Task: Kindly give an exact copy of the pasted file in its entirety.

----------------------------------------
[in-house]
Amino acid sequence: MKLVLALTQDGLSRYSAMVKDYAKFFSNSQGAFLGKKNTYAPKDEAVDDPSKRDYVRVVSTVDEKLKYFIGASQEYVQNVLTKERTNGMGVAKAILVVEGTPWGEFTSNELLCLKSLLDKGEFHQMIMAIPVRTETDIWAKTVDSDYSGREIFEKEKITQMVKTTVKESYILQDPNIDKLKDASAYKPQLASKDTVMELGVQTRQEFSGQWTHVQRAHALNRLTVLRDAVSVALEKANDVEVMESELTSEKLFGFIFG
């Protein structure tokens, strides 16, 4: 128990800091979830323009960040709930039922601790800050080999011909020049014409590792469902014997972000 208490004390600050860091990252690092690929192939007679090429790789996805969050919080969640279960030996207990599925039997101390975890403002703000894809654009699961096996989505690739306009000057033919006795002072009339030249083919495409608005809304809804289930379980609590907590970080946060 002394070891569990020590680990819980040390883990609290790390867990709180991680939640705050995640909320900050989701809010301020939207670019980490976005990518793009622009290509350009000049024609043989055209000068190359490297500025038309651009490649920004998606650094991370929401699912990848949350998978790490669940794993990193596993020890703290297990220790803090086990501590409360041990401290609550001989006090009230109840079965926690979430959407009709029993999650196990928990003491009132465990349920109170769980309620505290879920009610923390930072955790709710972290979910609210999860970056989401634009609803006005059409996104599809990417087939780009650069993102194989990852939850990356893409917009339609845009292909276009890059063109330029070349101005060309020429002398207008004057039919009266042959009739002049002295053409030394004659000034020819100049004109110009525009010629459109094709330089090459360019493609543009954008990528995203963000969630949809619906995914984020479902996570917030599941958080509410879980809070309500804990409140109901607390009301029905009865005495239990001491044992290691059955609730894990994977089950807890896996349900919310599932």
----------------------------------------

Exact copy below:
[in-house]
Amino acid sequence: MKLVLALTQDGLSRYSAMVKDYAKFFSNSQGAFLGKKNTYAPKDEAVDDPSKRDYVRVVSTVDEKLKYFIGASQEYVQNVLTKERTNGMGVAKAILVVEGTPWGEFTSNELLCLKSLLDKGEFHQMIMAIPVRTETDIWAKTVDSDYSGREIFEKEKITQMVKTTVKESYILQDPNIDKLKDASAYKPQLASKDTVMELGVQTRQEFSGQWTHVQRAHALNRLTVLRDAVSVALEKANDVEVMESELTSEKLFGFIFG
């Protein structure tokens, strides 16, 4: 128990800091979830323009960040709930039922601790800050080999011909020049014409590792469902014997972000 208490004390600050860091990252690092690929192939007679090429790789996805969050919080969640279960030996207990599925039997101390975890403002703000894809654009699961096996989505690739306009000057033919006795002072009339030249083919495409608005809304809804289930379980609590907590970080946060 002394070891569990020590680990819980040390883990609290790390867990709180991680939640705050995640909320900050989701809010301020939207670019980490976005990518793009622009290509350009000049024609043989055209000068190359490297500025038309651009490649920004998606650094991370929401699912990848949350998978790490669940794993990193596993020890703290297990220790803090086990501590409360041990401290609550001989006090009230109840079965926690979430959407009709029993999650196990928990003491009132465990349920109170769980309620505290879920009610923390930072955790709710972290979910609210999860970056989401634009609803006005059409996104599809990417087939780009650069993102194989990852939850990356893409917009339609845009292909276009890059063109330029070349101005060309020429002398207008004057039919009266042959009739002049002295053409030394004659000034020819100049004109110009525009010629459109094709330089090459360019493609543009954008990528995203963000969630949809619906995914984020479902996570917030599941958080509410879980809070309500804990409140109901607390009301029905009865005495239990001491044992290691059955609730894990994977089950807890896996349900919310599932």